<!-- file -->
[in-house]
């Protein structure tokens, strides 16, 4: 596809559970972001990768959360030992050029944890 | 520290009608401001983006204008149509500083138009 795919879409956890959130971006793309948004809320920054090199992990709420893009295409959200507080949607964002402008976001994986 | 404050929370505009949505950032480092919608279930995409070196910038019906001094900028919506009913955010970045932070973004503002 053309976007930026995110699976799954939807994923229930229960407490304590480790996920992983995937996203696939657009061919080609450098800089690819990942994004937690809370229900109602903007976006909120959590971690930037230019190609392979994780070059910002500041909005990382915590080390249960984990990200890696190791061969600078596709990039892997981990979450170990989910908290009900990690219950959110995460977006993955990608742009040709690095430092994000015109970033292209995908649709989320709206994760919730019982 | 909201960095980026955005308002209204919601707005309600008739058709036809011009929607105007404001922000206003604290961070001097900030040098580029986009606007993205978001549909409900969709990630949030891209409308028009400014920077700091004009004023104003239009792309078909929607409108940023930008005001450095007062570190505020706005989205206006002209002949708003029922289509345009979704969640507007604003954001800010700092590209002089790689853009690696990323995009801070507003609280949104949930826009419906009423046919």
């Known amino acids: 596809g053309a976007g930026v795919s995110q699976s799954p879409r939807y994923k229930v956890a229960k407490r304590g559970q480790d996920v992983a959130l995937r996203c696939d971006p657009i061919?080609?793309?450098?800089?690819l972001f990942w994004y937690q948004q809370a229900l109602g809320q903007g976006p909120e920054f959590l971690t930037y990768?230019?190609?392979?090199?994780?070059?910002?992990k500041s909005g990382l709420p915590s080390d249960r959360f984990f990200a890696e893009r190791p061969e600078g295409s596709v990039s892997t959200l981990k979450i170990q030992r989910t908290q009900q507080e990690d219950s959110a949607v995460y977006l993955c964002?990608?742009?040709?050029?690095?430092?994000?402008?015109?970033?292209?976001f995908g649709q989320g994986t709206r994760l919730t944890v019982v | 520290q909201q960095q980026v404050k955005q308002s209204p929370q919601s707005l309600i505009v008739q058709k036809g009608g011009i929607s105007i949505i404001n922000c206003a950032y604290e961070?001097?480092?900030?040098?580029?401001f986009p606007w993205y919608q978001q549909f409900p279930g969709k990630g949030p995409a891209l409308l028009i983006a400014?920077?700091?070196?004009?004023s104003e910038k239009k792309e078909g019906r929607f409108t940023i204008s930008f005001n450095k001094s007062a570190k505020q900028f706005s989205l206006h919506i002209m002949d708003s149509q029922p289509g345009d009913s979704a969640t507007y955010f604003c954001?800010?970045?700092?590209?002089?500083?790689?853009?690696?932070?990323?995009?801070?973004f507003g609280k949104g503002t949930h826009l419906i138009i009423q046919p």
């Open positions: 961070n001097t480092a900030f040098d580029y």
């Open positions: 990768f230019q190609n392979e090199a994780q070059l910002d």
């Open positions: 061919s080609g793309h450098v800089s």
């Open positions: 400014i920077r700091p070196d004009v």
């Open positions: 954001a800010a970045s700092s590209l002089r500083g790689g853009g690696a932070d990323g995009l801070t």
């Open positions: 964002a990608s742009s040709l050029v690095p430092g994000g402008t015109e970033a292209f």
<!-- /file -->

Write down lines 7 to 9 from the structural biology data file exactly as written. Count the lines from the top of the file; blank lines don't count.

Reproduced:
């Open positions: 400014i920077r700091p070196d004009v």
């Open positions: 954001a800010a970045s700092s590209l002089r500083g790689g853009g690696a932070d990323g995009l801070t």
């Open positions: 964002a990608s742009s040709l050029v690095p430092g994000g402008t015109e970033a292209f």